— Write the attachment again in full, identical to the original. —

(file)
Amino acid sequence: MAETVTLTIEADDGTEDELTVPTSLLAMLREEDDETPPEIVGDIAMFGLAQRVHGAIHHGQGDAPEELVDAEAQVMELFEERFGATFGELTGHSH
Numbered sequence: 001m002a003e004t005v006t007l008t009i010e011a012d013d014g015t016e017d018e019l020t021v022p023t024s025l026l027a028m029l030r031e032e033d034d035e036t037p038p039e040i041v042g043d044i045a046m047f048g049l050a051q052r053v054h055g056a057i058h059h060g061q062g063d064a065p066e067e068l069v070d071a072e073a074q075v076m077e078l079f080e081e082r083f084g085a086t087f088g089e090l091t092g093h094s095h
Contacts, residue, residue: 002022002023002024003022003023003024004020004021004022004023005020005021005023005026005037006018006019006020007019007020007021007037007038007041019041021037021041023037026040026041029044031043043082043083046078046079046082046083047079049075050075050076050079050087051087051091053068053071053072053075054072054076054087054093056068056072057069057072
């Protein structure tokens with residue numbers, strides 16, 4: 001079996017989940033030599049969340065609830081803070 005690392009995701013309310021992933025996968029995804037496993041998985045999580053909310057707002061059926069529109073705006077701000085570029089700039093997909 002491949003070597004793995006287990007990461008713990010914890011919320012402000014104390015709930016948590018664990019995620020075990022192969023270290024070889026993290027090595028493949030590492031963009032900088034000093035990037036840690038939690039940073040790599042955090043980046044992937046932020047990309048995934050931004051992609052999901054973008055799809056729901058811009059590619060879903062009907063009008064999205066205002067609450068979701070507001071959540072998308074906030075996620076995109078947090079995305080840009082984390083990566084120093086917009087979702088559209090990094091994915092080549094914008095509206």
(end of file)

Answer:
Amino acid sequence: MAETVTLTIEADDGTEDELTVPTSLLAMLREEDDETPPEIVGDIAMFGLAQRVHGAIHHGQGDAPEELVDAEAQVMELFEERFGATFGELTGHSH
Numbered sequence: 001m002a003e004t005v006t007l008t009i010e011a012d013d014g015t016e017d018e019l020t021v022p023t024s025l026l027a028m029l030r031e032e033d034d035e036t037p038p039e040i041v042g043d044i045a046m047f048g049l050a051q052r053v054h055g056a057i058h059h060g061q062g063d064a065p066e067e068l069v070d071a072e073a074q075v076m077e078l079f080e081e082r083f084g085a086t087f088g089e090l091t092g093h094s095h
Contacts, residue, residue: 002022002023002024003022003023003024004020004021004022004023005020005021005023005026005037006018006019006020007019007020007021007037007038007041019041021037021041023037026040026041029044031043043082043083046078046079046082046083047079049075050075050076050079050087051087051091053068053071053072053075054072054076054087054093056068056072057069057072
């Protein structure tokens with residue numbers, strides 16, 4: 001079996017989940033030599049969340065609830081803070 005690392009995701013309310021992933025996968029995804037496993041998985045999580053909310057707002061059926069529109073705006077701000085570029089700039093997909 002491949003070597004793995006287990007990461008713990010914890011919320012402000014104390015709930016948590018664990019995620020075990022192969023270290024070889026993290027090595028493949030590492031963009032900088034000093035990037036840690038939690039940073040790599042955090043980046044992937046932020047990309048995934050931004051992609052999901054973008055799809056729901058811009059590619060879903062009907063009008064999205066205002067609450068979701070507001071959540072998308074906030075996620076995109078947090079995305080840009082984390083990566084120093086917009087979702088559209090990094091994915092080549094914008095509206």